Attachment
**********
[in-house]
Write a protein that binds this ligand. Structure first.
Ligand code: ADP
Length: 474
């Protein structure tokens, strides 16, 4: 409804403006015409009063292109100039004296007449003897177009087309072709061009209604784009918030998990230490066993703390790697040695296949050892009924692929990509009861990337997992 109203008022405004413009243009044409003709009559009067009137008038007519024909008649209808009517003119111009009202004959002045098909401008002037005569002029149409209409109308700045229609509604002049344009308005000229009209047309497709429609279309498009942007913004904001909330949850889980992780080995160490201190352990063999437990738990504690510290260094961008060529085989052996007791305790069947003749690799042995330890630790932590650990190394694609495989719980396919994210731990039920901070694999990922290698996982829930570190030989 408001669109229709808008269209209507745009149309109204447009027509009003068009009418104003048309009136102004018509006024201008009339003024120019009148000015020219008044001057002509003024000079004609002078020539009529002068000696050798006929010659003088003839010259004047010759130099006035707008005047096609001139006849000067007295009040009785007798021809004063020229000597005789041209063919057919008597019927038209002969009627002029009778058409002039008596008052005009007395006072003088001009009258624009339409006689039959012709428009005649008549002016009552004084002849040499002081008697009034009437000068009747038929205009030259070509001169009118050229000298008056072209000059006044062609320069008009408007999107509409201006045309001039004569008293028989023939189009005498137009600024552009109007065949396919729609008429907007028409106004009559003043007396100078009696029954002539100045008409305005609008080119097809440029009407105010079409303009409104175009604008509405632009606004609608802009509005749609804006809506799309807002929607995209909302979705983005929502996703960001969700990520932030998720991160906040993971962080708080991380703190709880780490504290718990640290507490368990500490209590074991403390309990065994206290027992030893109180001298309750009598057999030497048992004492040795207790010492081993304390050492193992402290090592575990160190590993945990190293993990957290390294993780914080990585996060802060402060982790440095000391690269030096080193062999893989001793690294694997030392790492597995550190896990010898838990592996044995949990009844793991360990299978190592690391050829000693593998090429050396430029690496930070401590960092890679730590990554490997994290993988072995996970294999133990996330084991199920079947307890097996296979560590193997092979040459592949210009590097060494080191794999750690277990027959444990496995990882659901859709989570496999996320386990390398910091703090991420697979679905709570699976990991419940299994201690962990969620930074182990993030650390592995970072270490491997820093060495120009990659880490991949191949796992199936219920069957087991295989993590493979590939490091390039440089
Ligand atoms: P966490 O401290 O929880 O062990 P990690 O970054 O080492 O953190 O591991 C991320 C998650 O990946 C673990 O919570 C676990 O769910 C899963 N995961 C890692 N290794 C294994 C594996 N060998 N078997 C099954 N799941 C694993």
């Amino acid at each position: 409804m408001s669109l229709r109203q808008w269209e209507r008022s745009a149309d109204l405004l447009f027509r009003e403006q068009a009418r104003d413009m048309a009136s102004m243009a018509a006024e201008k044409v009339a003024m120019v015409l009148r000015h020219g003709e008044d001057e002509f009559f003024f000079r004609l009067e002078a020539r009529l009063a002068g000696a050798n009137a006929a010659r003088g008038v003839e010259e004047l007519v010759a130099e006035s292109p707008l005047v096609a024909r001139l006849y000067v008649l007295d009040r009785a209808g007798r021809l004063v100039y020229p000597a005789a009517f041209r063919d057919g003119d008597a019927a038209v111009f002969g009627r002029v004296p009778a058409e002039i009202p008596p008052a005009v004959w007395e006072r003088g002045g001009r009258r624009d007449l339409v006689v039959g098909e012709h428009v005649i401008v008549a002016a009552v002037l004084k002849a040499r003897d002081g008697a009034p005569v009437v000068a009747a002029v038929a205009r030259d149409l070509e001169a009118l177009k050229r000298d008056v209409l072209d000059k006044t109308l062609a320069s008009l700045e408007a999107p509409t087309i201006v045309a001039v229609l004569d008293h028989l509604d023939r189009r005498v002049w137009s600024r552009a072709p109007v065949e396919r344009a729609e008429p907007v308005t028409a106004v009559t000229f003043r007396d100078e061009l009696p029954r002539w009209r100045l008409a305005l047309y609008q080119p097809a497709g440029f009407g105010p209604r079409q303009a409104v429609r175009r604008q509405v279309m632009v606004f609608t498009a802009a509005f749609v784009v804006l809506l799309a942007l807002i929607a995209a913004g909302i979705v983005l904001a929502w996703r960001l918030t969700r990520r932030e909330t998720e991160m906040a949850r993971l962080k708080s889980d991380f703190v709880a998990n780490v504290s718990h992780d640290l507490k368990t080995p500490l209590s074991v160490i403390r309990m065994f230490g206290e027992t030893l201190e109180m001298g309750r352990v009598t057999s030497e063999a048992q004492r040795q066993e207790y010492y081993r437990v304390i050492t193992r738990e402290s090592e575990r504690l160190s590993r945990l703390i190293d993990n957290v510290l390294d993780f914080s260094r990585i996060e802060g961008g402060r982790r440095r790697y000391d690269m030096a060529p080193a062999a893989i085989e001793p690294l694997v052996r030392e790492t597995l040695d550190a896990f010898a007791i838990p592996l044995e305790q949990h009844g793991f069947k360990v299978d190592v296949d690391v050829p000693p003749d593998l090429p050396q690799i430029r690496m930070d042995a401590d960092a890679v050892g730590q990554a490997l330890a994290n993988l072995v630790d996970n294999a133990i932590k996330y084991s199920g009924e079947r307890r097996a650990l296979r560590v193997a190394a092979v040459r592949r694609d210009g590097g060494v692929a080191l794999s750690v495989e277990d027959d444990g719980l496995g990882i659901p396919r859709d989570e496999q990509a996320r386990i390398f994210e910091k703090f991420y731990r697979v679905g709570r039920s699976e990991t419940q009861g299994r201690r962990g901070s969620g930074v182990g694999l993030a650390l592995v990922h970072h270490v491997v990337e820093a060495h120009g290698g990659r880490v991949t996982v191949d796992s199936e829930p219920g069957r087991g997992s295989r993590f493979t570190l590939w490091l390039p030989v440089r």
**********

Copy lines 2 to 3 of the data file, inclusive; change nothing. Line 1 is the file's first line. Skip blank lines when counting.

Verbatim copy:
Write a protein that binds this ligand. Structure first.
Ligand code: ADP